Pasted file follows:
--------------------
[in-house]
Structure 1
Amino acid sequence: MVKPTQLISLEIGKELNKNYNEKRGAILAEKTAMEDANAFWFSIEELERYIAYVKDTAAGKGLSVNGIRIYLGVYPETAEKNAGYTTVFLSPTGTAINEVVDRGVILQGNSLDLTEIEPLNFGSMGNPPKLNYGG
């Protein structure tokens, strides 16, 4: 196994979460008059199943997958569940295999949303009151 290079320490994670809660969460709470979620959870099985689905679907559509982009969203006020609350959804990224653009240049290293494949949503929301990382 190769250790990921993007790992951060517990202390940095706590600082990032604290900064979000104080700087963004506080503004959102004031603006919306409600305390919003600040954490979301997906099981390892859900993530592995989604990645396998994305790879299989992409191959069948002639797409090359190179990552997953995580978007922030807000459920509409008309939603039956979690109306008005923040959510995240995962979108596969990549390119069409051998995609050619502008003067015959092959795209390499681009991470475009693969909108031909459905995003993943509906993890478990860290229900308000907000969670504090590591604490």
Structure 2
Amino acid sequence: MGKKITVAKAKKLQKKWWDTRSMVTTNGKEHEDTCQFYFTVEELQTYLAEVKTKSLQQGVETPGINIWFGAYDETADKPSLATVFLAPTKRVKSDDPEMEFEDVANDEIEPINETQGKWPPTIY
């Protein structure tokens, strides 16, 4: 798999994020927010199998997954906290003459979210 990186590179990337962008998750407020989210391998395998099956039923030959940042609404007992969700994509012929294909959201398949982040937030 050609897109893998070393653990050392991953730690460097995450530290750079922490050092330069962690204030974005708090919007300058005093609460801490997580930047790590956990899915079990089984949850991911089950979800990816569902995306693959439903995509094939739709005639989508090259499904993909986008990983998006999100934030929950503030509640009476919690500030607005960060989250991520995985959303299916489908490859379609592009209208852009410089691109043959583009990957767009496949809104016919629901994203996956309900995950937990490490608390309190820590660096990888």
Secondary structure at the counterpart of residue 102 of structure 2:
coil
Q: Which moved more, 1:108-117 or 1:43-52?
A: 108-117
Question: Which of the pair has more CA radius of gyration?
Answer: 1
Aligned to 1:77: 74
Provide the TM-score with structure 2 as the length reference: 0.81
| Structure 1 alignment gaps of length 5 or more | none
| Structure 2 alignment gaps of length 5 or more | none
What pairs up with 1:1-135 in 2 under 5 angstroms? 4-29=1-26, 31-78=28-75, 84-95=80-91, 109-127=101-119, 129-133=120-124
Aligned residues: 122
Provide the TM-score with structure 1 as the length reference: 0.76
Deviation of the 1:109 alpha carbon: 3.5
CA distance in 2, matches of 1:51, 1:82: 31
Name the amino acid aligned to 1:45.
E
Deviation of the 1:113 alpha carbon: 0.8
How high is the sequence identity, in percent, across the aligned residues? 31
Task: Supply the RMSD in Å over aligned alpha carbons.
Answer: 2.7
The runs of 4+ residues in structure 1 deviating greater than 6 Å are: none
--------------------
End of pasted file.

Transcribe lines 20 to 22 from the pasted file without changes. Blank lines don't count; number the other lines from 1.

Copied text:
Provide the TM-score with structure 1 as the length reference: 0.76
Deviation of the 1:109 alpha carbon: 3.5
CA distance in 2, matches of 1:51, 1:82: 31